Audrey Tobias, 89, told Ontario court she agreed with the aims of the census, but objected to the involvement of American arms behemoth, Lockheed Martin.
"When I learned that the contract for the information technology was being given to a foreign company, I was shocked," Tobias testified.
"I am ashamed of my prime minister in Canada who ultimately made the decision. Because of that, I couldn't fill it in."
Tobias, of Toronto, is charged with violating the Statistics Act.
The defence maintained that forcing her to complete the census would violate her freedoms of conscience and free expression.
Judge Ramez Khawly was clearly skeptical as lawyer Peter Rosenthal made his arguments, and wondered aloud what would happen if the court sent a "signal" that it was OK to opt out of the census.
The Crown said Tobias had no lawful excuse for her refusal.
Tobias said she was unconcerned about the consequences of a conviction, which carries a maximum three months in prison.
"I'm not worried; we'll take it as it comes," she said during a break in the proceedings.
"Of course, I would not pay (a) fine — that would be an admission of guilt."
She said she would not do any community service for the same reason.
The Crown called one witness, Yves Beland, operations director at Statistics Canada, who outlined the importance of the census to, among other things, intergovernmental equalization and transfer payments.
"It is the only detailed and coherent source of information," Beland said.
In 2011, StatsCan received 13 million completed census forms, a 98 per cent response rate. Overall, it referred 54 people for prosecution for failing to complete the mandatory census form.
In the witness stand — her flaming ginger hair barely visible over the court reporter — Tobias explained she was a member of the Women's Royal Canadian Naval Service during the Second World War.
She became a committed peace activist after viewing movie footage of the war and the atomic bombing of Japan, and touring a desolate post-war Europe.
"I recall the great pain of that," she said, as a court full of supporters watched.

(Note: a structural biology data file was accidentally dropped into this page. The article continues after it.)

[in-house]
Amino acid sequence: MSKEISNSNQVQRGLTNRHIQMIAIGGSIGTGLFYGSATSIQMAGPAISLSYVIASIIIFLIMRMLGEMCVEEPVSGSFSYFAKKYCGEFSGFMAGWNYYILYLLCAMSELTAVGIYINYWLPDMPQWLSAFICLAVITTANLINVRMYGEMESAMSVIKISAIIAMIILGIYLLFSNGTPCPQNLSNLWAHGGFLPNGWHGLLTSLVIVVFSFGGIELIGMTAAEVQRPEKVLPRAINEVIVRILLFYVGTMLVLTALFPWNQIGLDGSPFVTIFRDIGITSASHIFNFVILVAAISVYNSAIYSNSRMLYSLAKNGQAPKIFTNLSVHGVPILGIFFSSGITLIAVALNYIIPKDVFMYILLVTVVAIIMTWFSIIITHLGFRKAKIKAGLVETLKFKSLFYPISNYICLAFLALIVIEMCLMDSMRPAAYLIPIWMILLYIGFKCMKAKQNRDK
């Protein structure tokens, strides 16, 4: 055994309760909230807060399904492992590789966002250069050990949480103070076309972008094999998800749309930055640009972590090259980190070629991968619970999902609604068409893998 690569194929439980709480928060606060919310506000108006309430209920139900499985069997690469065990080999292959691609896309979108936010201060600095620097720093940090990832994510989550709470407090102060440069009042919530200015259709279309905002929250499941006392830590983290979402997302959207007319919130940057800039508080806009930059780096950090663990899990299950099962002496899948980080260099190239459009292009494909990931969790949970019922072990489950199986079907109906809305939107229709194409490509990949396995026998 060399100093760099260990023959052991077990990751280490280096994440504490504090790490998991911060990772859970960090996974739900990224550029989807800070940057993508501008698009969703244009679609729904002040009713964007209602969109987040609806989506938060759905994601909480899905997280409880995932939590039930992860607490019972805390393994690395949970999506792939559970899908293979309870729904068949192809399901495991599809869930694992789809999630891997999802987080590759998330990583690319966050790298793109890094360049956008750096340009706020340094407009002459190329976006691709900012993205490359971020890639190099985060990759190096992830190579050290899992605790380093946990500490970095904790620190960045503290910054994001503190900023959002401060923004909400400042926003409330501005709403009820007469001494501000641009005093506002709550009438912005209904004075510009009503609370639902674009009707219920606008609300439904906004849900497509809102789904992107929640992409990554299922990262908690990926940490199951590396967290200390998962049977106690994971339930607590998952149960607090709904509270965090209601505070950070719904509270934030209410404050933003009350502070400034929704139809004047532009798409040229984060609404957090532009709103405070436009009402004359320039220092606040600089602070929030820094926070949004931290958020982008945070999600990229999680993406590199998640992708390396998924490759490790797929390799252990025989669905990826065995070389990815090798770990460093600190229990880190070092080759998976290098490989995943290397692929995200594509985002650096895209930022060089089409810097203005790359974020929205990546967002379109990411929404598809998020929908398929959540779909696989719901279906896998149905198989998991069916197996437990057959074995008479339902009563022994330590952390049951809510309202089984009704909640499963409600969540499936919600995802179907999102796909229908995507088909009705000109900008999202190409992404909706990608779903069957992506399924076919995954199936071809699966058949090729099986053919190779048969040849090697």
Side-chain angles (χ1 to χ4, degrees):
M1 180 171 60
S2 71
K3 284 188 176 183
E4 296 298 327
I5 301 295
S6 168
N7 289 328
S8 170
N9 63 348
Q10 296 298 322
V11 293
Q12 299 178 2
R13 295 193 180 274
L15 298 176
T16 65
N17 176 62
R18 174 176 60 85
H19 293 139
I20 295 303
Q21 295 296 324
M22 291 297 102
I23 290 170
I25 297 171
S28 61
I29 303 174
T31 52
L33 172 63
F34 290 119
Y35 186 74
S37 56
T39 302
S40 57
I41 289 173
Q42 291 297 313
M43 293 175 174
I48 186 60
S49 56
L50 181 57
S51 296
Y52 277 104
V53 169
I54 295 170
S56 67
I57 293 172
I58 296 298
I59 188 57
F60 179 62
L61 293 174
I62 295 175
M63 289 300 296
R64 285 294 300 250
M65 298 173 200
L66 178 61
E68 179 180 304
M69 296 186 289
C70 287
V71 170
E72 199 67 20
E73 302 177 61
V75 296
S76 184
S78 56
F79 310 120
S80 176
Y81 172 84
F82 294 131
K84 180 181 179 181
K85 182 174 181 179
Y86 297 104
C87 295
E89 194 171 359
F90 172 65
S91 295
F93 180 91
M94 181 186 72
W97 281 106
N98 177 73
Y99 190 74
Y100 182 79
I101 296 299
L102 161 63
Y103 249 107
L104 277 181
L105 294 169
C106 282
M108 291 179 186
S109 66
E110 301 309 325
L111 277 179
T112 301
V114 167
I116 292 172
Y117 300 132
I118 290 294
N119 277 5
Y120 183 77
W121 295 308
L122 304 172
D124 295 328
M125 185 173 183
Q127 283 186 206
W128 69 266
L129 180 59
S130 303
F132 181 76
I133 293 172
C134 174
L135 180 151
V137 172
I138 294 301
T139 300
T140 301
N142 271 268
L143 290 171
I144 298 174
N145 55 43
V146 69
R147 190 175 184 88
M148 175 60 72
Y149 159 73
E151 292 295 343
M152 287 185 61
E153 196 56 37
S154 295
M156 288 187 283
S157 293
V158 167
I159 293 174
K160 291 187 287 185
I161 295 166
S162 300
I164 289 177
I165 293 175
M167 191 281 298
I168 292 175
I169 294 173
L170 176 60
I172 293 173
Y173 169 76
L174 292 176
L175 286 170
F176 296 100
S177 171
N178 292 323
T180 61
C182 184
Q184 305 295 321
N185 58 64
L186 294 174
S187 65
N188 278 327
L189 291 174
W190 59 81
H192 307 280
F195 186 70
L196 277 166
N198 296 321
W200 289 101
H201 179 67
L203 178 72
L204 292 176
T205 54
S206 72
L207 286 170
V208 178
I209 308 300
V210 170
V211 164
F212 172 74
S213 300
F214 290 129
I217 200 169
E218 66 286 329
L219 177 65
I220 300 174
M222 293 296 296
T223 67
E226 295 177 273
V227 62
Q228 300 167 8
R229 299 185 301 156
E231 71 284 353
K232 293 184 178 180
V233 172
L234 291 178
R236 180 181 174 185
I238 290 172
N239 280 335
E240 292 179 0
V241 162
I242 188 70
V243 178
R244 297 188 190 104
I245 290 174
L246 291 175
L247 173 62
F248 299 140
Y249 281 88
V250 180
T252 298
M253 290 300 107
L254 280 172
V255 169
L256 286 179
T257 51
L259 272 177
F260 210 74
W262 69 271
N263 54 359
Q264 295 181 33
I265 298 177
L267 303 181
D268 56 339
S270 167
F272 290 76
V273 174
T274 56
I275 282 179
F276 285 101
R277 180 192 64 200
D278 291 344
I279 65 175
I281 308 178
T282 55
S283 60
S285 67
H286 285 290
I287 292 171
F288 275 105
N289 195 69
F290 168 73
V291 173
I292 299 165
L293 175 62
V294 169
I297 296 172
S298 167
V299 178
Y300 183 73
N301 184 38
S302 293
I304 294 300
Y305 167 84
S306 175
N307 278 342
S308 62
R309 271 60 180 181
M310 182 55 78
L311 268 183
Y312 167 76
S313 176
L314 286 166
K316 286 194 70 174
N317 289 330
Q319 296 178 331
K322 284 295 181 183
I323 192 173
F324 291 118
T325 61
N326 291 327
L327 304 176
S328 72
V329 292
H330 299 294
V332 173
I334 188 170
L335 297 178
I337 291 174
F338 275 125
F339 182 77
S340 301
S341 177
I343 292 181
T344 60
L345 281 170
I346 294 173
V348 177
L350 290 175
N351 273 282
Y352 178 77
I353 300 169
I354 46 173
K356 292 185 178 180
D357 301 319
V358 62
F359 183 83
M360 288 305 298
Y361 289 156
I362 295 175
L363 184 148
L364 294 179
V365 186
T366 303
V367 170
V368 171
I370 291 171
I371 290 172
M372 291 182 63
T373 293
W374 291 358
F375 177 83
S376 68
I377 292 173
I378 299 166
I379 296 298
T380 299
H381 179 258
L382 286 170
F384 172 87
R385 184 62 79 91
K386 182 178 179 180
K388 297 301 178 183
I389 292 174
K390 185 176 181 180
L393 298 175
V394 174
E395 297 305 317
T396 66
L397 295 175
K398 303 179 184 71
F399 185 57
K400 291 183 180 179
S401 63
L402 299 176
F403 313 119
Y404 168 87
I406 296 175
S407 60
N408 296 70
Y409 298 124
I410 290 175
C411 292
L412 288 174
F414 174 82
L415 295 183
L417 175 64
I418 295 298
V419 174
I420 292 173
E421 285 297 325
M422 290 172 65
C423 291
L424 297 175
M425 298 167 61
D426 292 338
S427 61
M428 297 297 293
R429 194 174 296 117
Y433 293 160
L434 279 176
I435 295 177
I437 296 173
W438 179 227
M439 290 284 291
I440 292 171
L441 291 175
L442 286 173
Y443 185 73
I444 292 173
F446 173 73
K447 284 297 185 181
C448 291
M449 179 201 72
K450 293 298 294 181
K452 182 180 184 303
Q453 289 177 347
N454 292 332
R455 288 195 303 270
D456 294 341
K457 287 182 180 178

Lockheed developed and supplied data-crunching software to Statistics Canada for the 2006 census. It helped rework the program for the 2011 count.
"They provided a technical solution to integrate information coming from telephone, paper and Internet," Beland said.
Lockheed's role was "descoped" before 2006 amid concerns in Canada the company might have to pass on information to the U.S. government under the Patriot Act.
Highlighting her privacy concerns, Tobias said the U.S, denied her entry for 20 years for her peace activism.
"Oh, well, yes, anybody who's anybody might be prohibited from entering the United States," she said.
Beland, who said he has never heard of Edward Snowden — he recently went public with a massive U.S. surveillance system — was adamant Lockheed had no access to any data on Canadians.
StatsCan systems, he said, were completely secure, a pronouncement the defence refuted.
It is "absolutely not possible" to ensure 100 per cent security of large systems, Arcady Genkin, a University of Toronto system administrator, testified.
Either way, Tobias was unbowed.
The census contract, she said, should have stayed in Canada and not involved the military.
"I would like to see us on the path of being a leader in peaceful solutions to international problems."
At one point, her supporters applauded in the courtroom.
"I run a loose court, but it's not a movie theatre," Khawly said.
The judge reserved his decision until Oct. 9.
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